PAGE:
Russia : a unique coronavirus timetable
Written by Oliver Little on 13 mai 2020
During this coronavirus crisis Russia has followed something of an anomalous timetable compared to the rest of the world. The virus headed west from China in February, March and April, and only at the start of May did we truly see an explosion of cases in Russia. Several potential explanations to this bizarre timing, but for Rod Kiewiet, a Professor of Political Science at the California Institute of Technology, it is not too abnormal.
“That in itself is not remarkably unusual in terms of how viruses spread and break it. There will be these vast surges occurring in different areas.”
But nonetheless causes particular to Russia – geographical vastness and an incredibly sparse population. John Colarusso, Professor of Anthropology at McMaster University in Ohio.
“It’s huge geographically, similar to the way Canada is and it’s about three times the size of Canada. But like Canada it is also very sparsely populated, with its population being concentrated in certain areas.”
What is for many most bizarre about this timing is that in Russia, lockdown was introduced well over a month ago. Judy Twigg, Professor of Political Science at Virginia Commonwealth University, notes a stark rise in infections in healthcare facilities that may partially explain this.
“We are seeing the spread of the virus in healthcare facilities in Russia. So there is something of a lag because people may have contracted the virus before the lockdown restrictions were put in place, and then a week or two weeks later they are going into healthcare facilities that are not equipped with personal protective equipment, with other infection control procedures that are letting them stop the virus in its tracks among those first patients. We are seeing an alarming number of new infections among healthcare workers and other patients, and so that is what is contributing to this rolling wave of new infections.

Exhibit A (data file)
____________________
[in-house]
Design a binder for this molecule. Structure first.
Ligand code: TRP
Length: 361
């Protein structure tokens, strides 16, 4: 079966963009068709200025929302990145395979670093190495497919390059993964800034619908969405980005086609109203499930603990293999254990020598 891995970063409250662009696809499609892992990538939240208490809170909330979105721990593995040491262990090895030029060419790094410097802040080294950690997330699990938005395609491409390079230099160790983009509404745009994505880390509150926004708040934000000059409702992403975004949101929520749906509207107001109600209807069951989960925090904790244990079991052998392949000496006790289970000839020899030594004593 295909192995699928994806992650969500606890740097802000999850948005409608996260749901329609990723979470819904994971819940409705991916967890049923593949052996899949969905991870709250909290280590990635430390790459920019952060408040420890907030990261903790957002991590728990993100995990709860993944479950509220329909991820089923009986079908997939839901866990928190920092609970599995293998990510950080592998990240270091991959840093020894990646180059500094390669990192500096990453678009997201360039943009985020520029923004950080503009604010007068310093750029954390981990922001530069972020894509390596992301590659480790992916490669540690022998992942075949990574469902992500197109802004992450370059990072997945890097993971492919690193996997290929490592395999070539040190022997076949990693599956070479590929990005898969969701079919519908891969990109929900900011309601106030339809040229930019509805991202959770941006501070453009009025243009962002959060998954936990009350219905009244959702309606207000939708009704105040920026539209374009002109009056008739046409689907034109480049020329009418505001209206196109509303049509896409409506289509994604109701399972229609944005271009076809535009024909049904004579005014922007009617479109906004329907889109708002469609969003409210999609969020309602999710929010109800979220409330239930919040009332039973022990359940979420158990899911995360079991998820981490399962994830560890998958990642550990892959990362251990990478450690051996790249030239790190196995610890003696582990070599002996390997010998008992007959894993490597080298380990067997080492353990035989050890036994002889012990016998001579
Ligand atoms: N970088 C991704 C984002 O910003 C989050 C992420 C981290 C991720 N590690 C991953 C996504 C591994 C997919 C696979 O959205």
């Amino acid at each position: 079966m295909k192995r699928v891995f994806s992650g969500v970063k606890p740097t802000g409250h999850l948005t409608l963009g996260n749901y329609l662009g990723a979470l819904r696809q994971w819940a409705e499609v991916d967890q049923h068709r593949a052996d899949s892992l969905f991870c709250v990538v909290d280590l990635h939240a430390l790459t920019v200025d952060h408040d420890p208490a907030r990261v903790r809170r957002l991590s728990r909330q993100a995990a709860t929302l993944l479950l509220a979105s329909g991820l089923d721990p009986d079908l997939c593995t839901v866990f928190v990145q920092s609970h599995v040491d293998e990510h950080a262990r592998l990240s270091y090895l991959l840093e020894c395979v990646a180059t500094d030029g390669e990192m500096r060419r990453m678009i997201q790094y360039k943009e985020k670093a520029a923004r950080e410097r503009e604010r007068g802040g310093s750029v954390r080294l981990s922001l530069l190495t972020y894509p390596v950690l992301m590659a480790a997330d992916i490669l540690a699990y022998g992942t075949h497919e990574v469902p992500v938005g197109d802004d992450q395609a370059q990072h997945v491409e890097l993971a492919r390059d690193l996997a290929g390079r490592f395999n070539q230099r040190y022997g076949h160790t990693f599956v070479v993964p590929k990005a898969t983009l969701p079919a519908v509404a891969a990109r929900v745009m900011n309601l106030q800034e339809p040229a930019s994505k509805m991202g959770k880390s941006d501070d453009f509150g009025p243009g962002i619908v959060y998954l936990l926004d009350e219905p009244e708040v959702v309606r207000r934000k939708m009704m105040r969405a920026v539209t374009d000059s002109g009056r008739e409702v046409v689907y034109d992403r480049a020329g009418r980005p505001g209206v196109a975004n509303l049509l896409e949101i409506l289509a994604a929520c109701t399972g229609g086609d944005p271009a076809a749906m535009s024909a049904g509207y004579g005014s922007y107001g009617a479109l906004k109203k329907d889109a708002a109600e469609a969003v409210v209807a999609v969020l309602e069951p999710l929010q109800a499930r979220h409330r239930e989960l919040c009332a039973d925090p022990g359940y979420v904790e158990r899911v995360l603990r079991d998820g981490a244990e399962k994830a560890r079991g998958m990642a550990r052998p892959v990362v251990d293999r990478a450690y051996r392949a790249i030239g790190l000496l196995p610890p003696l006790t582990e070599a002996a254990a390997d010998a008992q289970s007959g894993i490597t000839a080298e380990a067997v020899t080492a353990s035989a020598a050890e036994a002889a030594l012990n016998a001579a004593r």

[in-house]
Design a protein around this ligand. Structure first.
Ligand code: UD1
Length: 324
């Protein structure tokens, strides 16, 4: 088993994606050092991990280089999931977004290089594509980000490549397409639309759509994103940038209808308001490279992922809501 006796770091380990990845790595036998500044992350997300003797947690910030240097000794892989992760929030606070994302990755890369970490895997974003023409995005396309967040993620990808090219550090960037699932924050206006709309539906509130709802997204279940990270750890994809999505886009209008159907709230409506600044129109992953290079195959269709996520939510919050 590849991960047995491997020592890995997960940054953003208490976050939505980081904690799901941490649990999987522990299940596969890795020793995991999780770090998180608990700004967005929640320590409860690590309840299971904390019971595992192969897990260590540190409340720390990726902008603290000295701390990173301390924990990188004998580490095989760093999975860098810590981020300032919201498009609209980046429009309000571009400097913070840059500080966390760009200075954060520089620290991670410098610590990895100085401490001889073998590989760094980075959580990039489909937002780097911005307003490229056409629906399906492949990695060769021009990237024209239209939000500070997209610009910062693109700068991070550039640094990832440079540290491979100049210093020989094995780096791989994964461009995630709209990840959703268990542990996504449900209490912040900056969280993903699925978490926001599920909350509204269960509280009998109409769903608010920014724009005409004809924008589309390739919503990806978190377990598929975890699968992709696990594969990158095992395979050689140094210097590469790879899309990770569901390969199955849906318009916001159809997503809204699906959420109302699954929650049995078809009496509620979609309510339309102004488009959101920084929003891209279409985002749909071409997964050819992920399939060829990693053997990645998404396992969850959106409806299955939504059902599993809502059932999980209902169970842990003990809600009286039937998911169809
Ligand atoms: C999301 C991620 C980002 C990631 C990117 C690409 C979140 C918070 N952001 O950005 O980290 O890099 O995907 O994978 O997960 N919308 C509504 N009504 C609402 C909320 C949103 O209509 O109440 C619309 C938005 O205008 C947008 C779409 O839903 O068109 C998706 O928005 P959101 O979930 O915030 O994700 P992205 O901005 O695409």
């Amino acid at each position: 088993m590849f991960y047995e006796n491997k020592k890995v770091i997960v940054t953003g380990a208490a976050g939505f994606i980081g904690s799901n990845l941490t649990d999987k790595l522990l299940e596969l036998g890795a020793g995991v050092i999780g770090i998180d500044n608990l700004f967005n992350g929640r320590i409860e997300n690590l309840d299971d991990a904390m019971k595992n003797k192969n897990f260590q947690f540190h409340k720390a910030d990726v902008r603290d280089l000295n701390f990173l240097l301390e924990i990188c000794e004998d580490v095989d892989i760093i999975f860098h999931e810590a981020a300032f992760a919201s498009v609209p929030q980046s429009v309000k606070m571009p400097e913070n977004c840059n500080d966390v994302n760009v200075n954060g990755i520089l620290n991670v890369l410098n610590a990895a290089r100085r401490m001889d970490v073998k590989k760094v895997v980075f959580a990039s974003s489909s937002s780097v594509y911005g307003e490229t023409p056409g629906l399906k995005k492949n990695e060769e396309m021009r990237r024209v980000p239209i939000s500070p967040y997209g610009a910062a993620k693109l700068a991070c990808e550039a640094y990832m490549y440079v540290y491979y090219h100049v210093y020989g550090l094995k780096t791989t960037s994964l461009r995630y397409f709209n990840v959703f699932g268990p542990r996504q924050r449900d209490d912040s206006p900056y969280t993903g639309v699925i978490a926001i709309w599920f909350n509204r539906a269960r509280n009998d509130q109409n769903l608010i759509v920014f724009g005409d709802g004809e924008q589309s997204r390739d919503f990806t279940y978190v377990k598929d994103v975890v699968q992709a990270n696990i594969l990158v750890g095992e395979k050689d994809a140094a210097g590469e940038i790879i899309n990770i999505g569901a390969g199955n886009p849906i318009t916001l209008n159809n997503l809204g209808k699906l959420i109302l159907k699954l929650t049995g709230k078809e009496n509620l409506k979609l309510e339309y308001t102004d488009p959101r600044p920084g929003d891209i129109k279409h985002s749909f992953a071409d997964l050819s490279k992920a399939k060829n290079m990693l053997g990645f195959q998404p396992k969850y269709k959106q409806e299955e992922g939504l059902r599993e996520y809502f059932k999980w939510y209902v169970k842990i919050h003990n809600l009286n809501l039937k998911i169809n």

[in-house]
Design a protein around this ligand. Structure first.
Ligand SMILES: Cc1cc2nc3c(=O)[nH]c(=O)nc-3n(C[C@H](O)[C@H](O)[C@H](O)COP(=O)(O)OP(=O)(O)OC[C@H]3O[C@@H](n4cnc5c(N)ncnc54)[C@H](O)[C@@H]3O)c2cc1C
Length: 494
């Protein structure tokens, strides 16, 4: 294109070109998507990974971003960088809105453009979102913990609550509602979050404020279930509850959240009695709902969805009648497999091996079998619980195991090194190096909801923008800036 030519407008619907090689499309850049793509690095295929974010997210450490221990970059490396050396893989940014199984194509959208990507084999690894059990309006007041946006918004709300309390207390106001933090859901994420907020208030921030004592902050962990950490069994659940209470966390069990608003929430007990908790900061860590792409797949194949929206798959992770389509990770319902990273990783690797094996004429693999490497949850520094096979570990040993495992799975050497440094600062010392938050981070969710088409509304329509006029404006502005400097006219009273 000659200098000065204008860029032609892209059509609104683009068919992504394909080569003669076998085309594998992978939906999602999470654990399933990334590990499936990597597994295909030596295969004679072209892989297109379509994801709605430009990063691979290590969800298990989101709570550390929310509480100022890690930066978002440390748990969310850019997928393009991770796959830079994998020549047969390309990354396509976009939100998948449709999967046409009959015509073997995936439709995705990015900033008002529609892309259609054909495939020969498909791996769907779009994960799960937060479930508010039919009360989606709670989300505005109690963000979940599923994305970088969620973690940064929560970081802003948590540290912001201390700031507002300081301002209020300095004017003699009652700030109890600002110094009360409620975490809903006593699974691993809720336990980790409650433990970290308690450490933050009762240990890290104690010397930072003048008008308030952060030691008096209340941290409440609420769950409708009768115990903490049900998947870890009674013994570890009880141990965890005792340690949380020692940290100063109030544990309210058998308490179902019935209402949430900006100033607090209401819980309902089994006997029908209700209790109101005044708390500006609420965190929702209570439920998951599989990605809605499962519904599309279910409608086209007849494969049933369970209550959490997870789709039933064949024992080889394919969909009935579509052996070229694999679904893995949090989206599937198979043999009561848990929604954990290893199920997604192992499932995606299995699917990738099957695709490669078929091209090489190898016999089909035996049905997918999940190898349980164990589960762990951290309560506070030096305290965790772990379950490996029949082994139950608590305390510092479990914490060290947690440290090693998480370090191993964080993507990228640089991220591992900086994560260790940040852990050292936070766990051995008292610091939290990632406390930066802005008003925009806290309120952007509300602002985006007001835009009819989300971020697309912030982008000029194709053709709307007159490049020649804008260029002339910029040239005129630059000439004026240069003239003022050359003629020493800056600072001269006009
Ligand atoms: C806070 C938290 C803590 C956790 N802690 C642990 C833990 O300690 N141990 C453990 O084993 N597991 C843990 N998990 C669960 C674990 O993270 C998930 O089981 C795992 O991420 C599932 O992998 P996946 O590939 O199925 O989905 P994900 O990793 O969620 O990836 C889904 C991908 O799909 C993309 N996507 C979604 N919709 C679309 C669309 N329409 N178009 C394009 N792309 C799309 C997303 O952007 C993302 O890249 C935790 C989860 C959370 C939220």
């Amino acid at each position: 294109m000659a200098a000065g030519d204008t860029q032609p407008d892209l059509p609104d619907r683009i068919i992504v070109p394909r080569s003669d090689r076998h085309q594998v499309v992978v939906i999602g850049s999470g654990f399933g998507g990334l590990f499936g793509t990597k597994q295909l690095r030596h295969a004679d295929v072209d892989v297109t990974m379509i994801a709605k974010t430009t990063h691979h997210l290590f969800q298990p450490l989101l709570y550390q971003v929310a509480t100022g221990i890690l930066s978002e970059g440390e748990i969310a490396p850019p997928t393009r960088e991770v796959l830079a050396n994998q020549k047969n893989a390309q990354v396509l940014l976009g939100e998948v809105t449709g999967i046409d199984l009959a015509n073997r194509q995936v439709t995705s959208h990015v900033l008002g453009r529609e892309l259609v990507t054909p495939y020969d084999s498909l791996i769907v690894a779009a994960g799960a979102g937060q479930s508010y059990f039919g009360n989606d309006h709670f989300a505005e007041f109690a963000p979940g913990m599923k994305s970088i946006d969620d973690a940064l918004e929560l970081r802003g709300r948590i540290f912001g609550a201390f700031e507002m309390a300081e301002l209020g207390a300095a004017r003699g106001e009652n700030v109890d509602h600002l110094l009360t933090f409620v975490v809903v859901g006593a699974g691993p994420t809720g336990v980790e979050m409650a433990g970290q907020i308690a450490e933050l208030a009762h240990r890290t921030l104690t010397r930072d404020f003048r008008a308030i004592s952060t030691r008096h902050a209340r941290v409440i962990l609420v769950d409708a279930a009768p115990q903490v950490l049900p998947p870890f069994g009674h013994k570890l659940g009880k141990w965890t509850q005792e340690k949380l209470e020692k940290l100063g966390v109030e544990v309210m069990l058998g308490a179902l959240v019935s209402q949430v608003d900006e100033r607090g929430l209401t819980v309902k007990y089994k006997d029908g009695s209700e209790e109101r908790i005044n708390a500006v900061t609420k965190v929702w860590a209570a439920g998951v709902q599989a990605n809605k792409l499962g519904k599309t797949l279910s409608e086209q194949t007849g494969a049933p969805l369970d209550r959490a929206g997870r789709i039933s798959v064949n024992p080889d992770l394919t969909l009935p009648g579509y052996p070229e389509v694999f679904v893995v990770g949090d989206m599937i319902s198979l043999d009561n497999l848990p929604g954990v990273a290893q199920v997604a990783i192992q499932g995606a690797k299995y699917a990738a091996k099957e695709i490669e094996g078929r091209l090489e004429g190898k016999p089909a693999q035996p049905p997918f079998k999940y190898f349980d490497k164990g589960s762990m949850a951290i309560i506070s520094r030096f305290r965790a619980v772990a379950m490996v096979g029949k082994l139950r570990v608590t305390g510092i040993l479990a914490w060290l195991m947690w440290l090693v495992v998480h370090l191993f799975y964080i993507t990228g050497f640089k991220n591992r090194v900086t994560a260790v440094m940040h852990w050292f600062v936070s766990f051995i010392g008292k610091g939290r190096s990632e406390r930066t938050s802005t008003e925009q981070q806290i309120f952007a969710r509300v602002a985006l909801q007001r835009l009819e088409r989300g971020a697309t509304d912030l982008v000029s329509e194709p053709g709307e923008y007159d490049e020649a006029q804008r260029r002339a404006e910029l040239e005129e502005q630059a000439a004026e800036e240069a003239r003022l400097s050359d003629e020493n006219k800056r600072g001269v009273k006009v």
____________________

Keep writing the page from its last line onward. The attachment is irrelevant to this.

Professor Kiewiet and Twigg also concur that, as is the case with many countries, Russia may not be publishing the true numbers, a move that may or may not be political.
“The other part of it is you don’t have cases until you start looking for them, and I think that might explain a fair amount of what is going on in Russia.”
“The reported numbers lag by quite a bit – in other words I don’t believe the numbers we are seeing either for total number of infections or total number of deaths from coronavirus.”
Despite an average daily increase of around 11,000 recorded cases per day, Vladimir Putin has said that Russia will be lifting coronavirus restrictions this week.